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Electron Irradiation and Thermal Processing of Mixed-ices of Potential Relevance to Jupiter Trojan Asteroids

Mahjoub, Ahmed and Poston, Michael J. and Hand, Kevin P. and Brown, Michael E. and Hodyss, Robert and Blacksberg, Jordana and Eiler, John M. and Carlson, Robert W. and Ehlmann, Bethany L. and Choukroun, Mathieu (2016) Electron Irradiation and Thermal Processing of Mixed-ices of Potential Relevance to Jupiter Trojan Asteroids. Astrophysical Journal, 820 (2). Art. No. 141. ISSN 0004-637X. http://resolver.caltech.edu/CaltechAUTHORS:20160510-105413588

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Abstract

In this work we explore the chemistry that occurs during the irradiation of ice mixtures on planetary surfaces, with the goal of linking the presence of specific chemical compounds to their formation locations in the solar system and subsequent processing by later migration inward. We focus on the outer solar system and the chemical differences for ice mixtures inside and outside the stability line for H_2S. We perform a set of experiments to explore the hypothesis advanced by Wong & Brown that links the color bimodality in Jupiter's Trojans to the presence of H_2S in the surface of their precursors. Non-thermal (10 keV electron irradiation) and thermally driven chemistry of CH_3OH–NH_3–H_2O ("without H_2S") and H_2S–CH_3OH–NH_3–H_2O ("with H_2S") ices were examined. Mid-IR analyses of ice and mass spectrometry monitoring of the volatiles released during heating show a rich chemistry in both of the ice mixtures. The "with H_2S" mixture experiment shows a rapid consumption of H_2S molecules and production of OCS molecules after a few hours of irradiation. The heating of the irradiated "with H_2S" mixture to temperatures above 120 K leads to the appearance of new infrared bands that we provisionally assign to SO_2 and CS. We show that radiolysis products are stable under the temperature and irradiation conditions of Jupiter Trojan asteroids. This makes them suitable target molecules for potential future missions as well as telescope observations with a high signal-to-noise ratio. We also suggest the consideration of sulfur chemistry in the theoretical modeling aimed at understanding the chemical composition of Trojans and KOBs.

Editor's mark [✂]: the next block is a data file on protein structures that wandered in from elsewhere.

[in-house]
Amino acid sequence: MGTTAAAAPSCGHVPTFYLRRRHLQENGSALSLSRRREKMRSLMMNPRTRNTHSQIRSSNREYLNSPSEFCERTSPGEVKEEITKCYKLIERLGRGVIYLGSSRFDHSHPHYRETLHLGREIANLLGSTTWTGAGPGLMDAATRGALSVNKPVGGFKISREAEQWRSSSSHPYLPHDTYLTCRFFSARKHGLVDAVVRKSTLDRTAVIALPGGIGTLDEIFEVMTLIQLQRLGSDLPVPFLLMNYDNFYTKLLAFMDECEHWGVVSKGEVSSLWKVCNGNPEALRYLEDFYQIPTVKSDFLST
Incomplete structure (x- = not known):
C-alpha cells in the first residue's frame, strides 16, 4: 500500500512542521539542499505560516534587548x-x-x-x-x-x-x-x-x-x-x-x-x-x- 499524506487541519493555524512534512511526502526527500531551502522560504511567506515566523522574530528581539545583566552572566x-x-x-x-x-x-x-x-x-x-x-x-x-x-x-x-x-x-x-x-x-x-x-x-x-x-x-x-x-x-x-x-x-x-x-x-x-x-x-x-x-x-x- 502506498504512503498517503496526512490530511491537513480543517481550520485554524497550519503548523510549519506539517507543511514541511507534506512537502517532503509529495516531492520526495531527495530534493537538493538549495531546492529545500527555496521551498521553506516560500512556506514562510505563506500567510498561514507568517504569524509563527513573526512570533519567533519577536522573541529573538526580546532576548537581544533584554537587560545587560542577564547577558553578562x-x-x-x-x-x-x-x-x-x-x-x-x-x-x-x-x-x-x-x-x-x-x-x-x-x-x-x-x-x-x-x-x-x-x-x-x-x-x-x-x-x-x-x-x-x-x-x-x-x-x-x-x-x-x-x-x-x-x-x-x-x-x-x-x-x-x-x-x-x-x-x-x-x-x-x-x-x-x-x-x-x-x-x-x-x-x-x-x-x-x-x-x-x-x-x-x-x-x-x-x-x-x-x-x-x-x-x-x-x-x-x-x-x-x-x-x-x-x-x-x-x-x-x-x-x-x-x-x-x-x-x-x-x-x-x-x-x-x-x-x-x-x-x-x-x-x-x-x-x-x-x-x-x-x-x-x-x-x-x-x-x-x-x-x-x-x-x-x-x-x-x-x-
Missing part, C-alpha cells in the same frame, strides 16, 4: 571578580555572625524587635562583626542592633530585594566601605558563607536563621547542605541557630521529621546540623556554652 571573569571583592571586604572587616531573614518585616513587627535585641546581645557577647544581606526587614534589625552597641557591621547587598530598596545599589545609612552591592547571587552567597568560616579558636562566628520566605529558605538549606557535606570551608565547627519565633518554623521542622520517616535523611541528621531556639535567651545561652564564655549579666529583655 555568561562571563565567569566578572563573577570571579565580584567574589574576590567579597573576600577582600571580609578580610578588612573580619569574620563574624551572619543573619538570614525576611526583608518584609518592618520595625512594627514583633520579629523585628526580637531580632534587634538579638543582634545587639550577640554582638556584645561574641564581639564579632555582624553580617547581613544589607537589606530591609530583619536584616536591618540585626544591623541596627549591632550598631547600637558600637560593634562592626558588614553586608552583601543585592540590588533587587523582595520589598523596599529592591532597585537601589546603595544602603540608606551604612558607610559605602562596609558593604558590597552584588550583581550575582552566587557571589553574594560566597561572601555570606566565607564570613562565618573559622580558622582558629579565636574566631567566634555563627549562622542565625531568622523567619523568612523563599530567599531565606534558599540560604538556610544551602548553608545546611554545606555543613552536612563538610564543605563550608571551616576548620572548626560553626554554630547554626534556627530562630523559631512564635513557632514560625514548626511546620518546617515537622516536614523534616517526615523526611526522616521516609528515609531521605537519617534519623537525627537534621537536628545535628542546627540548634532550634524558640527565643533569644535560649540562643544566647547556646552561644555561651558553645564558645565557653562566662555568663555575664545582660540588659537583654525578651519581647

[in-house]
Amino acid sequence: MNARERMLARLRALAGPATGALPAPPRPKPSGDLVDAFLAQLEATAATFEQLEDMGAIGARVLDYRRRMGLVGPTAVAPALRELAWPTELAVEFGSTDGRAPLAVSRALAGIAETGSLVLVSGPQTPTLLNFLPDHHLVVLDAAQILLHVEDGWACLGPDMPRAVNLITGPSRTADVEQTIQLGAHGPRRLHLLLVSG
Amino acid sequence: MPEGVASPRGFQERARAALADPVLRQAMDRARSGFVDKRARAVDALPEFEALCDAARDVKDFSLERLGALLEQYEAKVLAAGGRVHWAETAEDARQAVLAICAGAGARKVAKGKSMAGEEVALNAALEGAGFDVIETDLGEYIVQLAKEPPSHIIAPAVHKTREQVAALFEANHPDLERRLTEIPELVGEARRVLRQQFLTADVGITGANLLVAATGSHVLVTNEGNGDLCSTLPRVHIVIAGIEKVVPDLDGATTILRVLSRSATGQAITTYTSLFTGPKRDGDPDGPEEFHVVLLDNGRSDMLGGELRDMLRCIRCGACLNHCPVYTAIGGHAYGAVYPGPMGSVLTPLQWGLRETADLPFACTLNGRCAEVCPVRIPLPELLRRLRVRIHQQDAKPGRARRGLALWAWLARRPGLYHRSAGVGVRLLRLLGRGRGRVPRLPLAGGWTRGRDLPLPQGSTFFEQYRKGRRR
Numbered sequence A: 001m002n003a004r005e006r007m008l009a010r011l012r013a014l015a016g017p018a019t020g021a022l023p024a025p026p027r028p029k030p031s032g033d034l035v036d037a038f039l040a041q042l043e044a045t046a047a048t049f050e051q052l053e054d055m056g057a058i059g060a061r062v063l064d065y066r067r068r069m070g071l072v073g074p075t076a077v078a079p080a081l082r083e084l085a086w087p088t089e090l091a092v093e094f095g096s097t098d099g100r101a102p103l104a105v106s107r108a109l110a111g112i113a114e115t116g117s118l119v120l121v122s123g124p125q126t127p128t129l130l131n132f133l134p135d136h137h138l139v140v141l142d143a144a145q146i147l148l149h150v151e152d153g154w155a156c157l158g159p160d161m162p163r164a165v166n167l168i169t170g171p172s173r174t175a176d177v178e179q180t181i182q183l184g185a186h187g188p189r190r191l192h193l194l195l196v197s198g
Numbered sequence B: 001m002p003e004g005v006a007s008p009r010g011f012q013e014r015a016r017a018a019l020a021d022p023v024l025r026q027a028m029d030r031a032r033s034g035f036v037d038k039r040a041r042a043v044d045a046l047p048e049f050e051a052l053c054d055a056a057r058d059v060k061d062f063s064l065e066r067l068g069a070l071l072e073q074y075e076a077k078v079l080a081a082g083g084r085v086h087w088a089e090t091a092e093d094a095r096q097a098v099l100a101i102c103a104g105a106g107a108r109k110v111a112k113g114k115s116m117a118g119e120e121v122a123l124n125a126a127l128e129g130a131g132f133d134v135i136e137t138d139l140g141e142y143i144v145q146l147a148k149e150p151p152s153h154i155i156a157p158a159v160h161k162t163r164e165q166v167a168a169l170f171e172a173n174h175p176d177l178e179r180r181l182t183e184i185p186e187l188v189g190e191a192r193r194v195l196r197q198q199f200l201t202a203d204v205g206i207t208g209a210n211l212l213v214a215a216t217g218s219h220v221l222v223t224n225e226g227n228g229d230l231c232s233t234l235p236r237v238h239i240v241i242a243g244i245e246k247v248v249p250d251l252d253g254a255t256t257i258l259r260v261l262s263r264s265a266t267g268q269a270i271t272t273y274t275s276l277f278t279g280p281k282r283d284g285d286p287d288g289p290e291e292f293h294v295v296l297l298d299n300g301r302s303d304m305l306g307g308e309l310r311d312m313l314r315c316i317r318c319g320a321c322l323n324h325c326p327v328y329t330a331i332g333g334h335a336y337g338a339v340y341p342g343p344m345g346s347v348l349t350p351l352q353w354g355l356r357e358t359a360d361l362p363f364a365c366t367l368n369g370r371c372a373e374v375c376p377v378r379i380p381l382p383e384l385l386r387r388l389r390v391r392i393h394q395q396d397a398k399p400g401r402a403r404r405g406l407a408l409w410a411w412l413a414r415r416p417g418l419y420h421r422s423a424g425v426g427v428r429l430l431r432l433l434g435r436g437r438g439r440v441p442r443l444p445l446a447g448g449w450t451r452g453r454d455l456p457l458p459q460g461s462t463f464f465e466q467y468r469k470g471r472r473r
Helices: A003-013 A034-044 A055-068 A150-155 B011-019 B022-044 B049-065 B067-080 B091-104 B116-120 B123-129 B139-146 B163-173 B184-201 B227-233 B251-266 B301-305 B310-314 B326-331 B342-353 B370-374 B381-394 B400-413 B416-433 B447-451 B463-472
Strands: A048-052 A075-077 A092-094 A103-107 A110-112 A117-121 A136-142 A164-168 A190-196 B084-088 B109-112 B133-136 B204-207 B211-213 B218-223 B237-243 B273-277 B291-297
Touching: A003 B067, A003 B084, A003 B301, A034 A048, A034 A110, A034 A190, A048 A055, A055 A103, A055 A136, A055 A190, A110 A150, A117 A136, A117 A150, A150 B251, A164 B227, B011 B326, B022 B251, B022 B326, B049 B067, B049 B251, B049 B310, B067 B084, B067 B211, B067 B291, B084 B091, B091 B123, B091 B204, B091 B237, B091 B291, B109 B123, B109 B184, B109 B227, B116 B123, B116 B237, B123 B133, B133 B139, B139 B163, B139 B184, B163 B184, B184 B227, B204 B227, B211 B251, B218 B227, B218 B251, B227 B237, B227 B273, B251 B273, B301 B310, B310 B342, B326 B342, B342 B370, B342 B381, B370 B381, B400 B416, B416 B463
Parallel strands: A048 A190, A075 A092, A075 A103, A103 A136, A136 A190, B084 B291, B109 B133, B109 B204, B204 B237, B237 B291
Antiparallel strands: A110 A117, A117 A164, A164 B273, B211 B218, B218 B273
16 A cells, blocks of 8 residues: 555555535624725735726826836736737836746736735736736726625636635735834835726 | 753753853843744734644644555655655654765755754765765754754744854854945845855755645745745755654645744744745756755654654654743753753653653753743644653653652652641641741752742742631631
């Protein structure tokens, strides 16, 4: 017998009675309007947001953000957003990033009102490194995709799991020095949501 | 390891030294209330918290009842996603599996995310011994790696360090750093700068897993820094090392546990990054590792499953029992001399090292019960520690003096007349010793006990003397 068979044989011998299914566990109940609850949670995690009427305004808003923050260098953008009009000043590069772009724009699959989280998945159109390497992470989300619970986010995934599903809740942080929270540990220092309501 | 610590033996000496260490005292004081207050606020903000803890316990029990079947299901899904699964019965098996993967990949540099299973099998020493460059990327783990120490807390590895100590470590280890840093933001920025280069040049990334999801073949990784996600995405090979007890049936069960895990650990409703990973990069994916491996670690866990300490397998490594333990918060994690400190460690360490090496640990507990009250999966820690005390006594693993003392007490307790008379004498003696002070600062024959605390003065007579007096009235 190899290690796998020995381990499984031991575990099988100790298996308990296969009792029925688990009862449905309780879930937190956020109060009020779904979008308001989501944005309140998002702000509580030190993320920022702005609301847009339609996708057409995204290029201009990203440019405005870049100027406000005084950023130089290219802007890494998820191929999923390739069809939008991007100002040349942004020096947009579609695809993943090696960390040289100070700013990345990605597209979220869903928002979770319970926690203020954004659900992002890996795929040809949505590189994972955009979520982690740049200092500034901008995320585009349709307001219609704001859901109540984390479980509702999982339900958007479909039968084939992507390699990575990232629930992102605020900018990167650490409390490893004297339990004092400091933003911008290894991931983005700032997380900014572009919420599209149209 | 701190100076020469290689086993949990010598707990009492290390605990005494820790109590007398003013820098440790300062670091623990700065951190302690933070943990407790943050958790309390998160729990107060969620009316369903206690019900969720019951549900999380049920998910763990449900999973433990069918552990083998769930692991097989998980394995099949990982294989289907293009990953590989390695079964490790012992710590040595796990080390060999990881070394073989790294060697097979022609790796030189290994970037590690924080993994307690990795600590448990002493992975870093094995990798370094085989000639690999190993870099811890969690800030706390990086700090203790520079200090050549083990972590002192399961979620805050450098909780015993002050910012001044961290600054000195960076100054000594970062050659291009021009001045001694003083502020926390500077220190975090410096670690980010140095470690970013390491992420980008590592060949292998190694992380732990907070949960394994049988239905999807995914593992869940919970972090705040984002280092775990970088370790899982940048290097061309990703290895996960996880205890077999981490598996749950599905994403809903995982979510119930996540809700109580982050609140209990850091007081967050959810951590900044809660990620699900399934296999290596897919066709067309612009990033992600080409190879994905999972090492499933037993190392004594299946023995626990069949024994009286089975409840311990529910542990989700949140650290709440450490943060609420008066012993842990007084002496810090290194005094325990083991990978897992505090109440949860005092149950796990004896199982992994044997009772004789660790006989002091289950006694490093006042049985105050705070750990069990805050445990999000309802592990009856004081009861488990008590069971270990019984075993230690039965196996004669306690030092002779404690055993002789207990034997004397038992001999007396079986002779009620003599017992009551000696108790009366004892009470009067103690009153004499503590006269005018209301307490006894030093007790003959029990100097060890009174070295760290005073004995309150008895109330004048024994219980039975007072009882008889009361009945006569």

Item Type:Article
Related URLs:
URLURL TypeDescription
http://dx.doi.org/10.3847/0004-637X/820/2/141DOIArticle
http://iopscience.iop.org/article/10.3847/0004-637X/820/2/141PublisherArticle
ORCID:
AuthorORCID
Mahjoub, Ahmed0000-0003-1229-5208
Hand, Kevin P.0000-0002-3225-9426
Brown, Michael E.0000-0002-8255-0545
Hodyss, Robert0000-0002-6523-3660
Ehlmann, Bethany L.0000-0002-2745-3240
Additional Information:© 2016 The American Astronomical Society. Received 2015 November 23; accepted 2016 February 16; published 2016 March 30. This work was conducted at the Jet Propulsion Laboratory, Caltech, under a contract with the National Aeronautics and Space Administration (NASA) and at the Caltech Division of Geological and Planetary Sciences. This work was supported by the Keck Institute of Space Studies (KISS). Government sponsorship is acknowledged.
Group:Keck Institute for Space Studies
Funders:
Funding AgencyGrant Number
Keck Institute of Space Studies (KISS)UNSPECIFIED
NASA/JPL/CaltechUNSPECIFIED
Subject Keywords:astrochemistry; Kuiper Belt: general; methods: laboratory: molecular; molecular processes; techniques: spectroscopic
Record Number:CaltechAUTHORS:20160510-105413588
Persistent URL:http://resolver.caltech.edu/CaltechAUTHORS:20160510-105413588
Official Citation:Ahmed Mahjoub et al 2016 ApJ 820 141
Usage Policy:No commercial reproduction, distribution, display or performance rights in this work are provided.
ID Code:66898
Collection:CaltechAUTHORS
Deposited By: Ruth Sustaita
Deposited On:10 May 2016 19:01
Last Modified:12 Sep 2017 20:20

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